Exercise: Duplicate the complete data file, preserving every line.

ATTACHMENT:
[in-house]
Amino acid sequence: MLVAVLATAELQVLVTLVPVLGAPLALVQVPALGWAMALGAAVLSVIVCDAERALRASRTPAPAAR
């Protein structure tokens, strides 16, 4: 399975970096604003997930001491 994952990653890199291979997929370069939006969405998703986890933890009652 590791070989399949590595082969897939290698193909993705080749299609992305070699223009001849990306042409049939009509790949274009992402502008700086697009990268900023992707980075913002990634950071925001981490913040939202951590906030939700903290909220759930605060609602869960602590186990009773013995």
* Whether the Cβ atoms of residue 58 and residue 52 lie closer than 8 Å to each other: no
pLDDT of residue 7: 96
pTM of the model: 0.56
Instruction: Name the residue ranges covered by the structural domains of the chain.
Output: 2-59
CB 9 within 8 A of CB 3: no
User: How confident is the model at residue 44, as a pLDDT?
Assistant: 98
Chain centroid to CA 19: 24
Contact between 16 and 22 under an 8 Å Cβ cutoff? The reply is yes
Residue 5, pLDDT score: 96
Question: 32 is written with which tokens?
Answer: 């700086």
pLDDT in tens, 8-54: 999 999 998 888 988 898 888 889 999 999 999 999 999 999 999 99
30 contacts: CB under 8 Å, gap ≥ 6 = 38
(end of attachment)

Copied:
[in-house]
Amino acid sequence: MLVAVLATAELQVLVTLVPVLGAPLALVQVPALGWAMALGAAVLSVIVCDAERALRASRTPAPAAR
């Protein structure tokens, strides 16, 4: 399975970096604003997930001491 994952990653890199291979997929370069939006969405998703986890933890009652 590791070989399949590595082969897939290698193909993705080749299609992305070699223009001849990306042409049939009509790949274009992402502008700086697009990268900023992707980075913002990634950071925001981490913040939202951590906030939700903290909220759930605060609602869960602590186990009773013995």
* Whether the Cβ atoms of residue 58 and residue 52 lie closer than 8 Å to each other: no
pLDDT of residue 7: 96
pTM of the model: 0.56
Instruction: Name the residue ranges covered by the structural domains of the chain.
Output: 2-59
CB 9 within 8 A of CB 3: no
User: How confident is the model at residue 44, as a pLDDT?
Assistant: 98
Chain centroid to CA 19: 24
Contact between 16 and 22 under an 8 Å Cβ cutoff? The reply is yes
Residue 5, pLDDT score: 96
Question: 32 is written with which tokens?
Answer: 């700086």
pLDDT in tens, 8-54: 999 999 998 888 988 898 888 889 999 999 999 999 999 999 999 99
30 contacts: CB under 8 Å, gap ≥ 6 = 38